Bride for Theodore (Mail Order Mounties Book 0)By: Kirsten Osbourne
Jessica Sanderson knows what it means to love unconditionally. She has doted on the same man for over a decade, and she’s in her early twenties. When that man’s mother asks her to be her traveling companion, she gladly accepts. She doesn’t want to spend the rest of her life sitting in a bank, after all. When the plan changes to something a bit crazy, she drags her feet, but finally agrees, only to have her heart broken in two.
Theodore Hughes remembers Jessica from when they were younger, but he hasn’t given her a second thought in years. When she comes to visit him as his mother’s traveling companion, he’s shocked to find out what his mother has up her sleeve. It doesn’t take him long to think that his mother might be right. But could Jess give up the comforts of city life to be a Mountie’s wife? Or will they spend the rest of their lives alone?
Ottawa, July 1910
Hazel Hughes had too much time on her hands, a condition which even the sweet matron of Ottawa admitted was good for no one. Not a single good thing could come from her having too little to do and too much time to do it in. She’d been a widow for fifteen years, and at the beginning of that time, she’d been able to occupy herself by being the best mother a teenage boy could ever want. But now that teenage boy was grown and off saving the world as a member of the Royal Northwest Mounted Police, and she was drifting. Drifting in a way that might be dangerous for Ottawa, or worse, for all of Canada!
She stared out the window, watching the bustling street in front of the huge stone house she’d occupied since the day she’d married her late husband. Everyone she could see had a purpose. Everyone but her.
She shook her head. She wasn’t going to wallow, because she wasn’t a wallower. Instead, she’d go to the church and join in the ladies’ luncheon. She’d give counsel to the young ladies of the congregation and teach them how to stitch the perfect quilt block. They were making quilts for the poor, a project she’d organized in a desperate attempt to fill her empty life.
As she was leaving to make the ten-minute walk to the church, she encountered the postman, who had a letter for her from her son—her only child—who was serving as a Mountie in the West. She tore open the letter, desperate for news from him. Reading his words, she pictured him sitting atop his horse in his uniform, his red serge jacket looking majestic.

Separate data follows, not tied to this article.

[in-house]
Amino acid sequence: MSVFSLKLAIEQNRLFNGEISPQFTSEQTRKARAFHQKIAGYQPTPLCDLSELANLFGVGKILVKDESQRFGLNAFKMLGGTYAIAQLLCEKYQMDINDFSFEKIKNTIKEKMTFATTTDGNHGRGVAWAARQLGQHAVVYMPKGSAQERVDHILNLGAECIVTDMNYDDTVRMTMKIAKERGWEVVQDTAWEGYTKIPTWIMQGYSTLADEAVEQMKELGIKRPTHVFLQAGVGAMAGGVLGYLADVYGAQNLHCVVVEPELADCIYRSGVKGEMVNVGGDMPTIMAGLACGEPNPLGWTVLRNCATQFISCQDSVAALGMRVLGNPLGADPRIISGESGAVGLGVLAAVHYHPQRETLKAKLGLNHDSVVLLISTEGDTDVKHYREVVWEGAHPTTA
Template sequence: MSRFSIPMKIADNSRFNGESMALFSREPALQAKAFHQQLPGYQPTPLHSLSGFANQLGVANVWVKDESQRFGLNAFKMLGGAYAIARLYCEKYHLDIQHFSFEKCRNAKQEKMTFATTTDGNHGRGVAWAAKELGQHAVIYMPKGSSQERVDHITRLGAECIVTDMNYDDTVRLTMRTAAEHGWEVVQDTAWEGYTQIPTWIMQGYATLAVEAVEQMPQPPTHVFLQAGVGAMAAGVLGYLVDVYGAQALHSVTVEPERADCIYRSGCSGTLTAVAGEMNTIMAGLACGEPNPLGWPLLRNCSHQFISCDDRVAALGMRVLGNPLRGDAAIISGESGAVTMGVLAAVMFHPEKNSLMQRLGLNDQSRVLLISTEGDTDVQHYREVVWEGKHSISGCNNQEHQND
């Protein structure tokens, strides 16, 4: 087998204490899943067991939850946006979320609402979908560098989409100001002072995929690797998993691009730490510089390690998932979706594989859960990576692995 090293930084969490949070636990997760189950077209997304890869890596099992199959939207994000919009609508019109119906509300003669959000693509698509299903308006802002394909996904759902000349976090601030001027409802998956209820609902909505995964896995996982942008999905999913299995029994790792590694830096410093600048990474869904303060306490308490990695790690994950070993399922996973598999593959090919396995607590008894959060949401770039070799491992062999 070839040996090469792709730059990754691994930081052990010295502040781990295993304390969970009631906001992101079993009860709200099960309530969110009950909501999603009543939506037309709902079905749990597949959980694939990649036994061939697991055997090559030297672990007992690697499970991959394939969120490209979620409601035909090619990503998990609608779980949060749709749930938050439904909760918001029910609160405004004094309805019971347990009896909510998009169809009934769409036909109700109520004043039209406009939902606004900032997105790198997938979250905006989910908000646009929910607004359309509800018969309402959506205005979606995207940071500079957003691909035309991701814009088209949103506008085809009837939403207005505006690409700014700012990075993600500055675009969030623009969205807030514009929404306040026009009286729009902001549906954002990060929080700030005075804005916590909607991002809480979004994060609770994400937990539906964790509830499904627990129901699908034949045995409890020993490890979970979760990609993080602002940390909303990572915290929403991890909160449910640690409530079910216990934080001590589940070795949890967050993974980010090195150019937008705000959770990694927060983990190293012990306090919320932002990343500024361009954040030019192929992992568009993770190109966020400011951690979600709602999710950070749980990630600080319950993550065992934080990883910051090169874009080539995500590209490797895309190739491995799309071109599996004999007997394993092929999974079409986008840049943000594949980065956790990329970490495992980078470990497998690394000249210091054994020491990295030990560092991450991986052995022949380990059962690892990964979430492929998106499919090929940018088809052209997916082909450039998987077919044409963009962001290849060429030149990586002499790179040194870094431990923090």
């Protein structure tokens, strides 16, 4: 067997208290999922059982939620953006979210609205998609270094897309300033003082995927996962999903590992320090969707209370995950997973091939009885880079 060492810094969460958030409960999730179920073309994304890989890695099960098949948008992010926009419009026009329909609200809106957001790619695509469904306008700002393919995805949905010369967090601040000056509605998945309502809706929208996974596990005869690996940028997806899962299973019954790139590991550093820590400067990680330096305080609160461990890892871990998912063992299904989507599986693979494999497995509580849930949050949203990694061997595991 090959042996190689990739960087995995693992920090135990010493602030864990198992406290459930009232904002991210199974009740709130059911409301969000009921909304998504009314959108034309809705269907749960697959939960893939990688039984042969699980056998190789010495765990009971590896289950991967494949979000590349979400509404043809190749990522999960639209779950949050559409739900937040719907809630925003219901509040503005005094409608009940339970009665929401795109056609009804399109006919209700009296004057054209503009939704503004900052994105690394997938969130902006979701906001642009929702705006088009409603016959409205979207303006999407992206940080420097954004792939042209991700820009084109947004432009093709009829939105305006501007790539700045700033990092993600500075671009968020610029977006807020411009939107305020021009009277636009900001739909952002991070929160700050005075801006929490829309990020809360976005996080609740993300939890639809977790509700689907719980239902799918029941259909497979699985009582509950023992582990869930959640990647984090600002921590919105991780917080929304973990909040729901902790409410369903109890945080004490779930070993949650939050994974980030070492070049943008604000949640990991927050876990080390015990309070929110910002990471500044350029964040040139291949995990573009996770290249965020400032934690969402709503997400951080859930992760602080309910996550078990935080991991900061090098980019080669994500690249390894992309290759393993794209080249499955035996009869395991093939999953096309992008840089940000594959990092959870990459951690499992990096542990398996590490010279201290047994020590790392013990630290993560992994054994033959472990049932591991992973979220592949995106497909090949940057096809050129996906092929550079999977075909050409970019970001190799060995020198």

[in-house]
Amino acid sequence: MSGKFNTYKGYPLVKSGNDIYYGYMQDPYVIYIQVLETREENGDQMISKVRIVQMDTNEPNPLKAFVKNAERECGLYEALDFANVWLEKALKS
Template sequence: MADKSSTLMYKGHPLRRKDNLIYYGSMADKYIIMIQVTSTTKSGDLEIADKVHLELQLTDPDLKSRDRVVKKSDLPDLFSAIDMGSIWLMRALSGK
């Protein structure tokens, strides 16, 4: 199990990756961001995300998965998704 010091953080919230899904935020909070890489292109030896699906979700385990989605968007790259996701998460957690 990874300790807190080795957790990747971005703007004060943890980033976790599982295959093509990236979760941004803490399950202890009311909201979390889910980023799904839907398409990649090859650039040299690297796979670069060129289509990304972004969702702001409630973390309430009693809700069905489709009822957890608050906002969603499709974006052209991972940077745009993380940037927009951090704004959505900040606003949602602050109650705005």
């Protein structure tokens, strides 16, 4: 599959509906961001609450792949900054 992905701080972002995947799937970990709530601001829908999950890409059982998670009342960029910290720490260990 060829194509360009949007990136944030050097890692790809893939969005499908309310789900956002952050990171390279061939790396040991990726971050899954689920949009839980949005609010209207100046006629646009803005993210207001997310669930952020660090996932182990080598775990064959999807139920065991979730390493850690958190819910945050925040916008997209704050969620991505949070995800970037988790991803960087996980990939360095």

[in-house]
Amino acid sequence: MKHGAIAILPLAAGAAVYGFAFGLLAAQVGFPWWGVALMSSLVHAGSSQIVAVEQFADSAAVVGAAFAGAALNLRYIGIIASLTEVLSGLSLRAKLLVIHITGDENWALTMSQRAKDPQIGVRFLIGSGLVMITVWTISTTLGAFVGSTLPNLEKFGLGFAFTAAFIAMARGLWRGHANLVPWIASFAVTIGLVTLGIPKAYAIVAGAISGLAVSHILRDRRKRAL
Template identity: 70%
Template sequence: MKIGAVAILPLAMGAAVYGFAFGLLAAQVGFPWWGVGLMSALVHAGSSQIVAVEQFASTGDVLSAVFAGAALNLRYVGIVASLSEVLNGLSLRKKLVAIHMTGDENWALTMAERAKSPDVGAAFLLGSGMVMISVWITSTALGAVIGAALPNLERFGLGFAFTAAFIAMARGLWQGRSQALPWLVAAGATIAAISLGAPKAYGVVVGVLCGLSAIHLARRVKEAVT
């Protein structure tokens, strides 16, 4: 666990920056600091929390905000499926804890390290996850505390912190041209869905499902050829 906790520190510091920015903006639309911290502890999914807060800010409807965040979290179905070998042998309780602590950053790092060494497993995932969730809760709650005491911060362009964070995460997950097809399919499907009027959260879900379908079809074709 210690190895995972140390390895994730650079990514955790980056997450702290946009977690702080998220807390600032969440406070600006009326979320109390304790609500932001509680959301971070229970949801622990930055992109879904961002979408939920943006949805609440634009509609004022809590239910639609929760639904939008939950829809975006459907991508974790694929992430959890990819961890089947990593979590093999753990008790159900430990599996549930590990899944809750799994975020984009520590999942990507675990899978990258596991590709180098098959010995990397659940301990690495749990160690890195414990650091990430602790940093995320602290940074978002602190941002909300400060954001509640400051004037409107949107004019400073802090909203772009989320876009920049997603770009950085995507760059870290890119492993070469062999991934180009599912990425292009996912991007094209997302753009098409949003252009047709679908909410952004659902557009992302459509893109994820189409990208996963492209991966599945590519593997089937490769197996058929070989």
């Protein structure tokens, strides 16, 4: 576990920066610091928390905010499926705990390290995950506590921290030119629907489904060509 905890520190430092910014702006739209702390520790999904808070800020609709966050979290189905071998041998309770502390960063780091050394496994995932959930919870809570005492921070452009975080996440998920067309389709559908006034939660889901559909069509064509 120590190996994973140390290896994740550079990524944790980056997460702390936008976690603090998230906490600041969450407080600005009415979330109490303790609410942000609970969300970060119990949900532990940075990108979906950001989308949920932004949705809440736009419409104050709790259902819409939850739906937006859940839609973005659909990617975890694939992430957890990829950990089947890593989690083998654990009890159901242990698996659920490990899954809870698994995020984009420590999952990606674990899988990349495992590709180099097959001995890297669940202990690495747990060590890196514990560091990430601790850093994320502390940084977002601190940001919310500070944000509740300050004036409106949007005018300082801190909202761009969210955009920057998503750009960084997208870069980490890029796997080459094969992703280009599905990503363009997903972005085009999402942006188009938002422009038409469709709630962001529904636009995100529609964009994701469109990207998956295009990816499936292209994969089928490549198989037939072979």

I hope this letter finds you well. Are you still doing your work with the church? I know how important it is to you that the poor in Ottawa have what they need to keep them warm through the winter and fed throughout the entire year. I do hope you find what you are looking for in the good works you do.
As for me, I’m still very thankful that I’ve found my calling here in the West, though there are times I miss your cooking fiercely. Do you have any idea how long it’s been since I’ve had good chicken and dumplings? Or just some fluffy pancakes? We Mounties take turns cooking for each other, but none of us have the skill in the kitchen you have.
I know you’re going to tell me to find a wife, but truthfully, there just aren’t enough women here to go around, and a man who stays in one town all the time has a much better chance at courting a pretty lady. No, it seems I’m doomed to bachelorhood.
I hate to cut this short, but it’s time for my rounds. I’m going out with Kendall Jameson today. He’s our newest man at the post, and he needs someone to show him the ropes. I happen to be very familiar with the ropes, so it’s my duty to ride with him.
Sending you love from rainy British Columbia.
Hazel hugged the letter to her, dashed a tear from her eye, and marched onward toward the church. There were young ladies there who needed to learn how to make a difference in the world, and today, she was the woman to show them.
Jessica Sanderson looked around the room full of young ladies, thinking all of them had a purpose—well, everyone but her. Her dear friend JoAnn was a teacher, working at disciplining and tutoring young minds. Her friend Lisa was known as the kind soul of the congregation. She visited the elderly and the sick. Only she and JoAnn knew the truth about Lisa—that she was as sassy as she was sweet when no one was looking.